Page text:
Another embodiment provides a system that includes the first signal line, the repeater circuit and the second signal line.

Another embodiment provides the output clock signal using the repeater circuit. During this method, the forwarded clock signal is received from the first signal line at the first input node of the repeater circuit. Then, the internal clock signal is generated based at least on the forwarded clock signal using the CMU in the repeater circuit. Moreover, the output clock signal is provided based on the forwarded clock signal and the internal clock signal using the PI in the repeater circuit. Next, the output clock signal is provided to the second signal line from the first output node of the repeater circuit.

BRIEF DESCRIPTION OF THE FIGURES

FIG. 1 is a block diagram illustrating an existing system that includes clock forwarding.

FIG. 2 is a block diagram illustrating a repeater circuit in accordance with an embodiment of the present disclosure.

FIG. 3 is a timing diagram illustrating jitter filtering of a forwarded clock signal in accordance with an embodiment of the present disclosure.

FIG. 4 is a graph illustrating cycle-to-cycle jitter as a function of location along a link in accordance with an embodiment of the present disclosure.

FIG. 5 is a flow chart illustrating a process for providing an output clock signal in accordance with an embodiment of the present disclosure.

Note that like reference numerals refer to corresponding parts throughout the drawings. Moreover, multiple instances of the same part are designated by a common prefix separated from an instance number by a dash.

DETAILED DESCRIPTION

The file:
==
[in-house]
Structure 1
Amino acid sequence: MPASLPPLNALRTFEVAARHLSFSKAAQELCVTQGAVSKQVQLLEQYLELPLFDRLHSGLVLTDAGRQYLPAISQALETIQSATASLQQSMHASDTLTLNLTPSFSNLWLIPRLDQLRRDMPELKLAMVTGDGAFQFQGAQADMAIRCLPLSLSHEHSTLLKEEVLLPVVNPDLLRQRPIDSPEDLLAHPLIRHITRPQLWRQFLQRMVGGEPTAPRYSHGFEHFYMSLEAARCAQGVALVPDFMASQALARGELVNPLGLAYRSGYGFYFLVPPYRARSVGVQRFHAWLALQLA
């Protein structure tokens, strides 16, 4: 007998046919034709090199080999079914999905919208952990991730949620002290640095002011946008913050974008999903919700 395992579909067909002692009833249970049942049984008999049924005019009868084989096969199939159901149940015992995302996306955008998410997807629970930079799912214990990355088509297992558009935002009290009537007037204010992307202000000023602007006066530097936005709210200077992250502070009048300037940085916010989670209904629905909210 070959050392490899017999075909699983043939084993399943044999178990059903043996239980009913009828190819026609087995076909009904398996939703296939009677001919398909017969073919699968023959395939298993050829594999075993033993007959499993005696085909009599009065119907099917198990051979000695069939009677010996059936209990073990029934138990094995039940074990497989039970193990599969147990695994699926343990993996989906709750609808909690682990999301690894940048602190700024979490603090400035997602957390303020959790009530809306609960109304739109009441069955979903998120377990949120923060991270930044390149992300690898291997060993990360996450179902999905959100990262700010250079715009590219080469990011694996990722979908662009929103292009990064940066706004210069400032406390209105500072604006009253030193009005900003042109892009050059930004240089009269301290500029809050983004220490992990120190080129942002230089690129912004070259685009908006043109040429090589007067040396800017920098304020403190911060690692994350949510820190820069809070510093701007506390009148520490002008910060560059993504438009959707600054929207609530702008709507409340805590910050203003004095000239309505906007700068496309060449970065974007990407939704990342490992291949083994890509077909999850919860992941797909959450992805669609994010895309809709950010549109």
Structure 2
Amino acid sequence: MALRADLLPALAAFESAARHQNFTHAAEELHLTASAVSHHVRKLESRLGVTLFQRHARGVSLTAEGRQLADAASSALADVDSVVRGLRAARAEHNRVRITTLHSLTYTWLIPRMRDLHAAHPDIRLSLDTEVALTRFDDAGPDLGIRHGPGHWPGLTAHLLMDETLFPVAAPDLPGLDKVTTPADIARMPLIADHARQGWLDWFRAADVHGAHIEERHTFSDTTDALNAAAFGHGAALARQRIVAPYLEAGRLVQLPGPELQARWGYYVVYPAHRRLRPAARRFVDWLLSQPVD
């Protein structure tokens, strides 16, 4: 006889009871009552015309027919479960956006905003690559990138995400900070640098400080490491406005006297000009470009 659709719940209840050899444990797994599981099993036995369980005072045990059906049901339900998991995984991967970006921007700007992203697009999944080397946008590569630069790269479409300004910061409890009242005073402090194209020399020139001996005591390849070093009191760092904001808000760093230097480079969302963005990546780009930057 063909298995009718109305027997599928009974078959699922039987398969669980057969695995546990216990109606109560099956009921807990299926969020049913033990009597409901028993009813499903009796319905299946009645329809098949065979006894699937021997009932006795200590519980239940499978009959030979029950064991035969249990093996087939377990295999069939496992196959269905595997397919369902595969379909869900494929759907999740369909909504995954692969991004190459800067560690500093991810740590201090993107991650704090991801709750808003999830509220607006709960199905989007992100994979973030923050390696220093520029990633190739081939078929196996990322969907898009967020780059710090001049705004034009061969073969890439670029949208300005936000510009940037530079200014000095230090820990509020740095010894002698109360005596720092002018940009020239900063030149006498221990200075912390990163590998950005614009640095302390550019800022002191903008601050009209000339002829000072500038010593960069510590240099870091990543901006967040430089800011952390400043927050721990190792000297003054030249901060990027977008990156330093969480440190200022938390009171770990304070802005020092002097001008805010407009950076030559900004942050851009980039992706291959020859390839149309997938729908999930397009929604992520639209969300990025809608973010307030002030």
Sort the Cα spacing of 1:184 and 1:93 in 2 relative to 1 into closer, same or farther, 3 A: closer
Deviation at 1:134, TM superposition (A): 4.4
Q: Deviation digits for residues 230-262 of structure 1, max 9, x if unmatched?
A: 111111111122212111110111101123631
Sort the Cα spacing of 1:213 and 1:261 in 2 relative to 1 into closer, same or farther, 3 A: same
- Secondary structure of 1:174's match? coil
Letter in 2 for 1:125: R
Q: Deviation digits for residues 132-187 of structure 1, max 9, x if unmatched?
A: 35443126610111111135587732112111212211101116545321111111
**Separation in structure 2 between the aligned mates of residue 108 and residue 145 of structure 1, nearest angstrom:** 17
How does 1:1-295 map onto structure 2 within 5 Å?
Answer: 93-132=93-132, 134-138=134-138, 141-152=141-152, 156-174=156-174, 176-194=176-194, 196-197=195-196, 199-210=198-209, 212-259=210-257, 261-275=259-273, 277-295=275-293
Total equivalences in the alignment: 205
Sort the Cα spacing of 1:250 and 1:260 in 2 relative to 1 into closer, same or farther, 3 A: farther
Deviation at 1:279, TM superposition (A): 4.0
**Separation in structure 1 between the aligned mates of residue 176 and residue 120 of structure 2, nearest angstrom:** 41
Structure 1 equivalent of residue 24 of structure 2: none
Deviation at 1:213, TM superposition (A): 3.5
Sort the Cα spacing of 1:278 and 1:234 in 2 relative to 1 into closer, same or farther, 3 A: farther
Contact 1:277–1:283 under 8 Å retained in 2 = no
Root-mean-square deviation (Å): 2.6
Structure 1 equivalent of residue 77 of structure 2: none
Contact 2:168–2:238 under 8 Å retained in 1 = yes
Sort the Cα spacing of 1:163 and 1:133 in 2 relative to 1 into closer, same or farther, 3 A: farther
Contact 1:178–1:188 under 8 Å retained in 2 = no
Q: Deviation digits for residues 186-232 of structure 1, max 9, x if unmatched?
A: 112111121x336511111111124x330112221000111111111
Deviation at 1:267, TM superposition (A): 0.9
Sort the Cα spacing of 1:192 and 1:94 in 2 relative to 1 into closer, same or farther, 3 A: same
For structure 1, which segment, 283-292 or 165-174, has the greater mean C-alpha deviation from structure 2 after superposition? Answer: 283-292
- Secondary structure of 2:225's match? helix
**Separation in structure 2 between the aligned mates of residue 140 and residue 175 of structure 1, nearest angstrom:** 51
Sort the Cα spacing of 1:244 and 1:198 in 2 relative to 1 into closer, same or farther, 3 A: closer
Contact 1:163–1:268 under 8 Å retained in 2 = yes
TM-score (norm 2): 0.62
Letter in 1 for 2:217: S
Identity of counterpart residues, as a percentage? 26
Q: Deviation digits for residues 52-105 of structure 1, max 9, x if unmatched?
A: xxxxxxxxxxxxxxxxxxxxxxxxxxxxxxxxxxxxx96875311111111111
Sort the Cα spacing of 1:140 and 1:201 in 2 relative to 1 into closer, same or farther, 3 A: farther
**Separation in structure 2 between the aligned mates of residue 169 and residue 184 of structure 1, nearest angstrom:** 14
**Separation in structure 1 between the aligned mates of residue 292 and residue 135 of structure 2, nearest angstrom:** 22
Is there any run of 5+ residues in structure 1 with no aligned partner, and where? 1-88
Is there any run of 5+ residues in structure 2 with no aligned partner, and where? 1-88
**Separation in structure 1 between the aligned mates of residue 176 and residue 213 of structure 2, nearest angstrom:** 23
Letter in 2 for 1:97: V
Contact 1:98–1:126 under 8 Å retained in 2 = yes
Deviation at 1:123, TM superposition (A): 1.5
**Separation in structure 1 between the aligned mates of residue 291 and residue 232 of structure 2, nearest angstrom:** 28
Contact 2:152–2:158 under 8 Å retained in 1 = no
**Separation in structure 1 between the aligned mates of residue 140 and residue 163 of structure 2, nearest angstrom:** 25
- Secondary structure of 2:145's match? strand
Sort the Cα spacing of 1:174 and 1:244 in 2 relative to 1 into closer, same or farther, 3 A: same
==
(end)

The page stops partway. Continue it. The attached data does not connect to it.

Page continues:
The following description is presented to enable any person skilled in the art to make and use the disclosure, and is provided in the context of a particular application and its requirements. Various modifications to the disclosed embodiments will be readily apparent to those skilled in the art, and the general principles defined herein may be applied to other embodiments and applications without departing from the spirit and scope of the present disclosure. Thus, the present disclosure is not intended to be limited to the embodiments shown, but is to be accorded the widest scope consistent with the principles and features disclosed herein.

Embodiments of a repeater circuit (such as a clock regeneration and multiplication circuit), a system that includes the repeater circuit, and a method for providing an output clock signal using the repeater circuit are described. In the repeater circuit, a clock multiplier unit (CMU) generates an internal clock signal based at least on a forwarded clock signal, which is received on a link. Furthermore, a phase interpolator (PI) in the repeater circuit provides the output clock signal based on the forwarded clock signal and the internal clock signal. Note that the CMU and the PI filter reduce the cycle-to-cycle jitter in the forwarded clock signal and the internal clock signal, and that the output clock signal has a phase that is a weighted average of the phases of the forwarded clock signal and the internal clock signal. In addition, the relative weights of the forwarded clock signal and the internal clock signal (i.e., the amount of phase averaging and jitter filtering) may be adjusted based on a position or location on the link.

This repeater circuit facilitates the use of longer copper or metal cable links in source-synchronous systems, such as those that communicate electrical signals which are compatible with an Ethernet communications protocol (for example, 100 Gb Ethernet) and/or an Infiniband communications protocol. For example, copper cables having lengths approximately greater than or equal to 100 m may be used (as opposed to using optical cables) and/or higher data rates can be communicated. Consequently, the cost of these systems may be reduced and/or the performance may be improved.